You've learned how to query the database with Select; the next logical step is to learn how to add data to your tables. You can do that with RPG and DFU, but SQL's Insert statement provides an interesting alternative.
RPG and DFU provide ways to add new records to your files. RPG forces you to write a program, regardless of how simple or small the data you want to add is, and DFU is a not the friendliest tool to manipulate data. It can be useful to quickly change a couple of records, but it's not adequate for massive data insertion. SQL's Insert provides an interesting functionality, somewhere between the flexibility-yet-slowness of the RPG program and the quickness-yet-unfriendliness of the DFU tool. Let's take a look this SQL instruction.
The Insert SQL instruction works in one of two ways: you can either specify the values for the fields that you want to add to the table, issuing an INSERT statement for each new row, or you can insert rows via a Select statement; think of this as a selective CPYF CL command. Let's start with the row-by-row Insert; its syntax is as follows:
INSERT INTO <table>
(column1, column2, ..., columnN)
VALUES (value-for-column1, value-for-column2, ..., value-for-columnN )
Just like the SELECT statement from a couple of articles ago (SQL 101: The Simplicity and Flexibility of the SELECT Statement) , this statement also has some mandatory reserved words. In this case, INSERT INTO must precede the table in which the data will be inserted and, in this first syntax, VALUE is required to signal the list of values to insert. Note that column1, column2, etc. represent actual column names; value-for-column1, value-for-column2, etc. are the values to insert into the respective columns, and they can be as simple as constant literals or as complex as expressions that include operators and functions. If the value-for-column is not compatible with the respective column data type, the Insert statement ends in error. If you're providing values for all the table's columns you can omit the (column1, column2, ..., columnN) part of the statement. However, I prefer to avoid ambiguity and specify all the column names. You might want to reuse the statement later, and if a column was added in the meantime things might not work as you expect. If you're only specifying a few values, name those columns and nothing else. You have to be aware that the columns for which you're not specifying a value will be filled with the respective default values, blanks or zeros for non-nullable columns (the default for a physical file) or null for nullable columns (SQL table's default).
Let's analyze an example; for simplicity sake, I'll use an oversimplified Item Master table named ItmMst. This table has two columns, ItemID, a CHAR(15), and ItemDesc, a CHAR(40). The following statement inserts a new row in the ItmMst table:
INSERT INTO ItmMst
VALUES ('B52', 'Brand new fictitious item from ACME')
That was easy, right? The method has pros and cons; while you retain full control over what's inserted, you also have to issue a statement for each record you want to insert. The alternative syntax of the Insert instruction opens the possibility of inserting multiples lines at a time, but it comes with a cost: you may lose some control over what's inserted. This alternative syntax is as follows:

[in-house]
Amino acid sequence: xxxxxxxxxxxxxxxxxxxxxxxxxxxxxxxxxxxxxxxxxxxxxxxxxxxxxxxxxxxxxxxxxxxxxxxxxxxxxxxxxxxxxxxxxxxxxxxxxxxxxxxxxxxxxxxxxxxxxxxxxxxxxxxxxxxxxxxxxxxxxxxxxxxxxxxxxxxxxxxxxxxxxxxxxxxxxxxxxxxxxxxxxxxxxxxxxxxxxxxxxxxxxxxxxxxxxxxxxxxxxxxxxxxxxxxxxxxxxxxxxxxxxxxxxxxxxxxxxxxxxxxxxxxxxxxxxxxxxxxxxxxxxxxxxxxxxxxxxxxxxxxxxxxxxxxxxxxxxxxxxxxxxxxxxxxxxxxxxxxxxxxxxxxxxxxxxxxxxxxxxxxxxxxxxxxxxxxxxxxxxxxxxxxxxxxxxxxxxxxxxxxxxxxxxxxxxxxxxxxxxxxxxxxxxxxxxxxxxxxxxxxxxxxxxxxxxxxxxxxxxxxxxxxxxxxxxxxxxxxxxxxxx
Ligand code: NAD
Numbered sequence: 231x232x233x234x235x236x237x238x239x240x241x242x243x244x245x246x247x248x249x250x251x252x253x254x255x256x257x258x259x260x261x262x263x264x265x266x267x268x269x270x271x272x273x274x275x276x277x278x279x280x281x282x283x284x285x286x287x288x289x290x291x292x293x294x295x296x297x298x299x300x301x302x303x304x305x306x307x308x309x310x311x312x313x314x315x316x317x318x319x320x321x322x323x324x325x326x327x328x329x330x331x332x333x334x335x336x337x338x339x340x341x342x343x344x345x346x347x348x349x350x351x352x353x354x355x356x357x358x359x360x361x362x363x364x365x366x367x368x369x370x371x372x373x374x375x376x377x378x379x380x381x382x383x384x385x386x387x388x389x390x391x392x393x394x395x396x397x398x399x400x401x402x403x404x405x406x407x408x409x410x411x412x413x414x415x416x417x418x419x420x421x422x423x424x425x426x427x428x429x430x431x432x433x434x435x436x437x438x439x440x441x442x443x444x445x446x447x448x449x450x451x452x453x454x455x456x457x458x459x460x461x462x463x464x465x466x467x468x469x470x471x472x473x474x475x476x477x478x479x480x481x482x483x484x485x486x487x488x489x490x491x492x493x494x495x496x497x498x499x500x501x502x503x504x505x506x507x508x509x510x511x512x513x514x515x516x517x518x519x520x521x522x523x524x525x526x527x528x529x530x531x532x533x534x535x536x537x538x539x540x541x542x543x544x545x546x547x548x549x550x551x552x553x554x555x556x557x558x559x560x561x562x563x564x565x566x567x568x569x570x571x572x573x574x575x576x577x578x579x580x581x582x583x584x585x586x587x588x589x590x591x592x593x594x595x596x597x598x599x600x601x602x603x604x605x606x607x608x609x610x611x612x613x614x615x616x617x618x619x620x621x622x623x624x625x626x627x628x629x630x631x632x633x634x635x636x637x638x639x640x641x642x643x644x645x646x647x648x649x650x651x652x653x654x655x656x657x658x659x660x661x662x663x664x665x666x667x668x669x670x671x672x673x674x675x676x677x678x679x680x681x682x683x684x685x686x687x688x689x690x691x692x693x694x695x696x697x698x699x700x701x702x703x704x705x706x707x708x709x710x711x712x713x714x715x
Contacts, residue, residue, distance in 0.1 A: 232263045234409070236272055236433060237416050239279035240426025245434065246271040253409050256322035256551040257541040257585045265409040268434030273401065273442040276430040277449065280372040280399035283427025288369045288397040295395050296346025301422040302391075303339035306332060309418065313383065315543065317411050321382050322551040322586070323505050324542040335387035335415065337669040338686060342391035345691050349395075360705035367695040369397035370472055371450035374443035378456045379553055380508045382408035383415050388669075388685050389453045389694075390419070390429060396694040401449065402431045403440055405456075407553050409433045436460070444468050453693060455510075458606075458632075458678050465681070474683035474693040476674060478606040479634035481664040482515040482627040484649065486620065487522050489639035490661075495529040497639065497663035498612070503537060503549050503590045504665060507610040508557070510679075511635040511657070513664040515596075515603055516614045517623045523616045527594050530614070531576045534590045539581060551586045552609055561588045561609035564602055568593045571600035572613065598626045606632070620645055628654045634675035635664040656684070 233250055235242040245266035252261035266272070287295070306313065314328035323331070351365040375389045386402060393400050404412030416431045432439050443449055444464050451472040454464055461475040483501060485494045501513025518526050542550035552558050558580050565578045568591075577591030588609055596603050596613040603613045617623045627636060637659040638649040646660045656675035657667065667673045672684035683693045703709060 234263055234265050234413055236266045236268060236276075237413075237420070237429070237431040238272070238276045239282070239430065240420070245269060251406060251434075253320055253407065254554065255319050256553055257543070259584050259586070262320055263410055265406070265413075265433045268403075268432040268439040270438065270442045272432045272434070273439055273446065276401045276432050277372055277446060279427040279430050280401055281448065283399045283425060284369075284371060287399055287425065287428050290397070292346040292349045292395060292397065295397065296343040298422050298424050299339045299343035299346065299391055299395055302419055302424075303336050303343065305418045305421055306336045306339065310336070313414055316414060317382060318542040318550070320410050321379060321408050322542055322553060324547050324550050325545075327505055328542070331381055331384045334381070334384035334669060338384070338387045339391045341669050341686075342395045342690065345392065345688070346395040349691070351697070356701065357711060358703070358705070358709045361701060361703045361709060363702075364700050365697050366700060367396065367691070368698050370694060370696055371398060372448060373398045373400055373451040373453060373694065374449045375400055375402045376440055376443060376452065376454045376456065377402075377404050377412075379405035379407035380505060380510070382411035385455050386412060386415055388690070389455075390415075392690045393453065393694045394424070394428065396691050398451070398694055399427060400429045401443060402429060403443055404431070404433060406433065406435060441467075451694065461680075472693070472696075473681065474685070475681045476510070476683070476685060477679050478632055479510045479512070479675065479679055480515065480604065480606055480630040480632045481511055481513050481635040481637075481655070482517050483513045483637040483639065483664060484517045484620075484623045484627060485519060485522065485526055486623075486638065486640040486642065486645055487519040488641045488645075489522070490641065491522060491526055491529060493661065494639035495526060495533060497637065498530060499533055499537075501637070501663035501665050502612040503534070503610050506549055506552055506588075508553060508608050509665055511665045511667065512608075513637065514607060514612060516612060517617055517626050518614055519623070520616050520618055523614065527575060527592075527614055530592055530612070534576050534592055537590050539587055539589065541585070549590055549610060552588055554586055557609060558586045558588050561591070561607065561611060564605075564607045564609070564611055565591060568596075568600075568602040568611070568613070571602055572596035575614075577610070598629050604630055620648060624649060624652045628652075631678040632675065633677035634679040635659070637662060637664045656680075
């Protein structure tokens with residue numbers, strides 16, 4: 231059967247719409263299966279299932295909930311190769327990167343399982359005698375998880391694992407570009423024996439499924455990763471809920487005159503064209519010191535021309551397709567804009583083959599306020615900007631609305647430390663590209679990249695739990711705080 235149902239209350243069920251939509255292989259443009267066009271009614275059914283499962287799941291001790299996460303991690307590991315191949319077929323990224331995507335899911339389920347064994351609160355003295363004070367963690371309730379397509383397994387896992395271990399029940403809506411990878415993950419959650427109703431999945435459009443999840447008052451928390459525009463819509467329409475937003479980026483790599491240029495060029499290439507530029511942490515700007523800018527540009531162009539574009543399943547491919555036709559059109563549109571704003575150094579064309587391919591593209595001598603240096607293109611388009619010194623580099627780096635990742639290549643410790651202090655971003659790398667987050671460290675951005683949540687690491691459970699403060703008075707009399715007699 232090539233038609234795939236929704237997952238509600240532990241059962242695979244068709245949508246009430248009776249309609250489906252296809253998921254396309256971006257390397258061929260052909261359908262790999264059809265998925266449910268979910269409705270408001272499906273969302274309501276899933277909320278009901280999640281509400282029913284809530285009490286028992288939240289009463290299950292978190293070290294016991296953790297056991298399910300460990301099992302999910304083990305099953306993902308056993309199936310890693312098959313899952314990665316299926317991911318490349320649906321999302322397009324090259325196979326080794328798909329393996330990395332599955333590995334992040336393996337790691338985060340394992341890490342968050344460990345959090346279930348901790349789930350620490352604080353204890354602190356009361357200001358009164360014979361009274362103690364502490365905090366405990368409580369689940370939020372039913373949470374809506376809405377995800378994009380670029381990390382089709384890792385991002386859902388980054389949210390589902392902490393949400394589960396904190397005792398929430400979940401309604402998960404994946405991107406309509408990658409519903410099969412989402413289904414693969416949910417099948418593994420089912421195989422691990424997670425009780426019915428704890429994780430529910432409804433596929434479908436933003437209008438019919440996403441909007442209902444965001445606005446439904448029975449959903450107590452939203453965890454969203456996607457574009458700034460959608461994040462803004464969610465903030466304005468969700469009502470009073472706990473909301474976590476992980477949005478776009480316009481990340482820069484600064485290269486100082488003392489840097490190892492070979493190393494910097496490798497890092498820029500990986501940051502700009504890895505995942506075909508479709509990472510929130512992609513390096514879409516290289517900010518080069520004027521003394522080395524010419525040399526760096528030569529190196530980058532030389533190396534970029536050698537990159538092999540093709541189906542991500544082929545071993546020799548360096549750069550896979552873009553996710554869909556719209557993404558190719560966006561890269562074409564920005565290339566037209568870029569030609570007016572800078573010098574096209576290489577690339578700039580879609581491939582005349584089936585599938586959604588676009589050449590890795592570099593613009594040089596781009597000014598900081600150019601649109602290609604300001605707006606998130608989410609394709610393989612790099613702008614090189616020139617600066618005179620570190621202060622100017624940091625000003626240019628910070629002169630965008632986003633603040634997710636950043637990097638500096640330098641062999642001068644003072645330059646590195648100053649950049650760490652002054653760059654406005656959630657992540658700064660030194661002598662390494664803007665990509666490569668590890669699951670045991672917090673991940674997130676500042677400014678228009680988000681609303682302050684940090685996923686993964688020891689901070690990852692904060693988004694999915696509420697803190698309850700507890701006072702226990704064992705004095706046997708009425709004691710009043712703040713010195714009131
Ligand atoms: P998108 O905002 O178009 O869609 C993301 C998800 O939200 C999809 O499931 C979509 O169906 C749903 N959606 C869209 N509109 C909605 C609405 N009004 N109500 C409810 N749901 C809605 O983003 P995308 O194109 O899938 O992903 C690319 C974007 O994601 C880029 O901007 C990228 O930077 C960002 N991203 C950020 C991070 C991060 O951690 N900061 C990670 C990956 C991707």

INSERT INTO <table>
(column1, column2, ..., columnN)
SELECT <other_column 1>
[, <other_column 2>, …., <other_columnN>
[WHERE <condition 1> <logical operator> <condition 2>, etc]
No, it's not a copy/paste error: Insert's alternative syntax uses a SELECT statement to specify the values to insert. It may sound a bit strange, but it's extremely useful. Picture the following scenario: you need to add items to the inventory master file I mentioned in the previous article via a cargo manifest file you just received, but you need to create the item descriptions that don't exist in the ItmMst table first. To make things easier, imagine that the cargo manifest file, named CargoM, also has columns named ItemID and ItemDesc; the first step is to check if there are item IDs in the manifest file that don't match the IDs in the ItmMst table:
SELECT DISTINCT ItemID, ItemDesc
WHERE ItemID NOT IN (Select ItemID From ItmMst)
Don't panic. I'll explain this step by step: remember the IN operator I presented earlier in this series' second article? As you can see here, it can also be used to search the results of a SELECT statement; by the way, a SELECT inside another instruction is commonly called subselect. You can have as many as you want, but this can seriously affect performance and lead to unexpected results, so use it carefully and scarcely. The subselect is processed first and returns a list. Each of CargoM's unique IDs is then compared with this list, using the IN predicate. Why the unique and not all? Because of the DISTINCT keyword; this acts kind of like a GROUP BY clause, returning unique values or, if you prefer, discarding duplicates. This statement produces a two-column list of all the item ids and descriptions that exist in the cargo manifest file but don't exist in the ItmMst table. Now I can use the statement to insert those items in the ItmMst table. Here's how:
INSERT INTO ItmMst ItmMst
SELECT DISTINCT CM.ItemID, CM.ItemDesc
FROM CargoM CM
WHERE CM.ItemID NOT IN (Select ItemID From ItmMst)
The only possible problem here is that, even though I can reuse this statement, it's not immediately obvious what data will be inserted into the ItmMst table. This is what I meant earlier when I said that you may lose some control over what's inserted when this alternative syntax is used.
This is the basic information about Insert. Go ahead and try it yourself. Just try not to clutter your files with useless test data! The next article will continue to focus on DML, explaining the Update statement, a real timesaver that can potentially free you from DFU. Until then, share your thoughts, doubts, and suggestions in the comments section.